Every athlete is different and has different goals, for this reason, a customized specific plan needs to be created for each athlete. Periodization is a form of resistance training that may be defined as a strategic implementation of specific training phases, it is one of the most important theories that we have to understand when setting up a training plan. It was introduced to cycling in the USA by elite coach Joe Friel on the 1990s, he first wrote about it in his book “The Cyclist Training Bible”. Periodization brakes down your training plan into different Mesocycles (usually each lasting between 3 and 5 weeks), in which you target a specific area to improve. Normally the idea of periodization is to prepare the body for a race, the closer the race, the more specific the exercises; which will try to imitate the race environment. However, there are 4 different types of periodization methods: Linear, Reverse, Non-Linear and Block Periodization.
I will try to explain each method as simple as I can and to the best of my ability, however, do not be intimidated by the subject as it is a great way to set up your annual training plan. Remember, keeping it simple is many times the best way to go, do not convert it into an overly complex problem.
- Linear Periodization
- This is the most common training method of periodization and the oldest one known to be used in modern sports science.
- It was first used by Russian and German athletes in preparation for big events like the Olympics.
- Starts with low intensity doing general training and moves into higher intensity, race-like exercises the closer that the event gets.
- The purpose of this method of periodization is to try imitate the race environment over the time of the training plan.
- It has been found by different studies to be one of the most effective methods of training.
- Its biggest downside is that some athletes find this method of training very boring as exercises do not change much from week to week.
- Reverse Periodization
- Starts with high intensity and moves into longer volume lower intensity training
- This is a good periodization method for athletes that are participating in a Gran Fondo or in Endurance Races.
- It might not be the best way to train people that are just starting and are not in shape, they might overload and overtrain their bodies as they are not yet capable of sustaining such high-intensity efforts.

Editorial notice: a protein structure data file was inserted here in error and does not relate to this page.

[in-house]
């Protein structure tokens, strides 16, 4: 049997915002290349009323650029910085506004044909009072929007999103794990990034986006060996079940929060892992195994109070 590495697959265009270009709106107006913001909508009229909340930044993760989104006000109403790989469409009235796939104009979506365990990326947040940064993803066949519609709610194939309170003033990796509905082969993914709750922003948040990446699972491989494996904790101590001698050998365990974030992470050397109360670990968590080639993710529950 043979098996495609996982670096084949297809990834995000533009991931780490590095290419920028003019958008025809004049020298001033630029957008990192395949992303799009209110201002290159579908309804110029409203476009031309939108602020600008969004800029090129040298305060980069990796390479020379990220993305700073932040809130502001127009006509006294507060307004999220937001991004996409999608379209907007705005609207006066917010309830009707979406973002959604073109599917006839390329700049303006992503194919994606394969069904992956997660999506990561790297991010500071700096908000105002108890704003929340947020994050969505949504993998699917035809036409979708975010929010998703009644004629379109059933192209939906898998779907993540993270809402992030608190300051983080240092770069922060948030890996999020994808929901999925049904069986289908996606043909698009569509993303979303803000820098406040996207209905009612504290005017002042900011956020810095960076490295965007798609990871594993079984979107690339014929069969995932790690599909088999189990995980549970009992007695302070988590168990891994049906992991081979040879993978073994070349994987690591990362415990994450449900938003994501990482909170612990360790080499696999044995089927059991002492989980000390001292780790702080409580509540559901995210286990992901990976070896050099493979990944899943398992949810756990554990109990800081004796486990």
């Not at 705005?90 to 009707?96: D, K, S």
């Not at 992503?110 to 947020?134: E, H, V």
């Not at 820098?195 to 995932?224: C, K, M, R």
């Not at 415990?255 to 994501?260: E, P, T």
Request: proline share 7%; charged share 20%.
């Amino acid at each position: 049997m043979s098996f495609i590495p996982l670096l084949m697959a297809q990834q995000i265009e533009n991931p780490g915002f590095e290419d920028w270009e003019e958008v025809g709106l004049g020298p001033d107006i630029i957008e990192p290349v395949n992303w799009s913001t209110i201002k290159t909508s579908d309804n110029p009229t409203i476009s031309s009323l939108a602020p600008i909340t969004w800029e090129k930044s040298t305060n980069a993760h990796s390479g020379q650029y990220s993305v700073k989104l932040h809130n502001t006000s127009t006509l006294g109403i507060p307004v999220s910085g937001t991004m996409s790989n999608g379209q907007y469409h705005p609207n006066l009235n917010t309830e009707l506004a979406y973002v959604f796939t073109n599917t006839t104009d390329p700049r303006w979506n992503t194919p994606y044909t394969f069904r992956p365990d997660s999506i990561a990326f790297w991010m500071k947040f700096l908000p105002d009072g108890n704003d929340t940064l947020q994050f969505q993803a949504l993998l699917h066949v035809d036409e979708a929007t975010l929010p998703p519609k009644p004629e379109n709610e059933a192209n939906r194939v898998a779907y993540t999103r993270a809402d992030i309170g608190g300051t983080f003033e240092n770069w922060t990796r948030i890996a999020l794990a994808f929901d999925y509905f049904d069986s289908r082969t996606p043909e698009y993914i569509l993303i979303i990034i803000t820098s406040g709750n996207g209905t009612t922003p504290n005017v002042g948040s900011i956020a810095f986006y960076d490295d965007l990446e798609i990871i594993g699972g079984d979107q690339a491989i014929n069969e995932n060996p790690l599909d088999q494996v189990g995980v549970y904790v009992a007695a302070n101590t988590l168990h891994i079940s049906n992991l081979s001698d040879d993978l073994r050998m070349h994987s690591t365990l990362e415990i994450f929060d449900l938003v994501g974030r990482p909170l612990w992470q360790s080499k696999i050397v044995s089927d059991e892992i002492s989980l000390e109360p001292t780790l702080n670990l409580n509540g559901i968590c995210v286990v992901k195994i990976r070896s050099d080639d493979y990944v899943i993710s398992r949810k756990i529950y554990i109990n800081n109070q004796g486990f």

- Non-Linear Periodization
- Most commonly used by time-crunched athletes, as their schedule is changing constantly this is a good way of maintaining an exercise regimen.
- High variation of exercises, including one or more areas of improvement per Microcycle (normally a 1-week period).
- Can change the focus of training as often as daily.
- Variability does not mean random, exercise routines should still be focusing in achieving the athlete’s target goal.
- Good option for athletes that get bored very easily and need a constant variation of their routines in order to stay focused and motivated.
- Good option for areas where weather is regularly bad, it allows incorporating high-intensity short effort on bad days, and longer rides on good days. This without having a set structure which could or could not be followed due to the weather.
- Block Periodization
- Best suited for athletes close to their physiological wall, normally professional elite athletes will use this method to improve areas in which they need to focus.
- Emphasizes one improvement area per block
- Blocks of periodization usually include a dominant and a maintenance workout.
- Dominant workout:
- Exercises that focus primarily on the target area of improvement for the block
- Secondary / maintenance Workouts:
- Exercises that assist the athlete in maintaining the fitness he already has obtained by previous training sessions.
- Not recommended for most athletes
- Dominant workout:
As you can see each method has its own advantages and disadvantages. Which one is best suited for you can only be decided by you or your coach by trial and error. There is not a method that is the best for every type of athlete, remember that all bodies are different, and we have to find what stimulates each athlete the best. Some good questions to ask yourself are: What is the work you are trying to build best based upon? What are you focusing your training for? What forms or variables do you use for measuring? What is the primary goal of your training plan? The answer to this question will vary, but do not be afraid to give them a try. My suggestion is to pick one method and wait for at least one mesocycle before making any changes. If you do not see the improvements that you are looking for, try a different one and compare. Once you get a good grasp of what works for you the best follow-up method is to use it for a complete season, review your results at the end of the season and make small changes as necessary. Over time you will find what method is best for you, remember that marginal gains like finding the best method that works for you can make the difference between standing on the podium and just taking a picture of the winners.
I hope that I was able to explain this different cycling training periodization methods in a clear and extensive way. However, if you do have any questions or concerns please feel free to leave me a comment below or send me a message via my contact form.